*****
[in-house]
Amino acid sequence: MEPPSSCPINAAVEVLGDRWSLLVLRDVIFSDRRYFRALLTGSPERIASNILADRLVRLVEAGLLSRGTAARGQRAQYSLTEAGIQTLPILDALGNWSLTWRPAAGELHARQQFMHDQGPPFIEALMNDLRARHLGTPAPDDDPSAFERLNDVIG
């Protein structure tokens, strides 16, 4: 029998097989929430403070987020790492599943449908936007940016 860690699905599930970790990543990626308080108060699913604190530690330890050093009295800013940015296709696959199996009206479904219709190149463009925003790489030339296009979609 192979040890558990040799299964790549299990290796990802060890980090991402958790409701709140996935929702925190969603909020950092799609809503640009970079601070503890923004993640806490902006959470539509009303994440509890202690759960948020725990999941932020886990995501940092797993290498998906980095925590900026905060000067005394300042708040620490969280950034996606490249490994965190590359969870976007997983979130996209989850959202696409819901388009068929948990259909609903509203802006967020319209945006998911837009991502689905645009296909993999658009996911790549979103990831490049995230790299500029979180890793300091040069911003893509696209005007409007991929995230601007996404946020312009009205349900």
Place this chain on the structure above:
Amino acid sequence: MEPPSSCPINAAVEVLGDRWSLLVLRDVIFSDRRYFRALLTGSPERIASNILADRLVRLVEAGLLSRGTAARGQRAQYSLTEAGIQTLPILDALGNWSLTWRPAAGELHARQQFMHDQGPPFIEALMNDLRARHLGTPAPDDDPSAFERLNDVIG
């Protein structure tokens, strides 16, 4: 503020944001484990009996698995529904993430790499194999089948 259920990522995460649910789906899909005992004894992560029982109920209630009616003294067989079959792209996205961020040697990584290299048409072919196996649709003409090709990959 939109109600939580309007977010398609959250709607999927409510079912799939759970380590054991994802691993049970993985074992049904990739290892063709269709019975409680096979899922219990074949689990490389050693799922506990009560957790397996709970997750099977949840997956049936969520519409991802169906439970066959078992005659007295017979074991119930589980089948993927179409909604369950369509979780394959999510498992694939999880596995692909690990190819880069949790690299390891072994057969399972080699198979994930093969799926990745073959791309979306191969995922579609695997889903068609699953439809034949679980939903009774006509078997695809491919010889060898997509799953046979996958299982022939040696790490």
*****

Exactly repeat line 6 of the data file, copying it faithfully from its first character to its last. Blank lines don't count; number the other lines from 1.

């Protein structure tokens, strides 16, 4: 503020944001484990009996698995529904993430790499194999089948 259920990522995460649910789906899909005992004894992560029982109920209630009616003294067989079959792209996205961020040697990584290299048409072919196996649709003409090709990959 939109109600939580309007977010398609959250709607999927409510079912799939759970380590054991994802691993049970993985074992049904990739290892063709269709019975409680096979899922219990074949689990490389050693799922506990009560957790397996709970997750099977949840997956049936969520519409991802169906439970066959078992005659007295017979074991119930589980089948993927179409909604369950369509979780394959999510498992694939999880596995692909690990190819880069949790690299390891072994057969399972080699198979994930093969799926990745073959791309979306191969995922579609695997889903068609699953439809034949679980939903009774006509078997695809491919010889060898997509799953046979996958299982022939040696790490």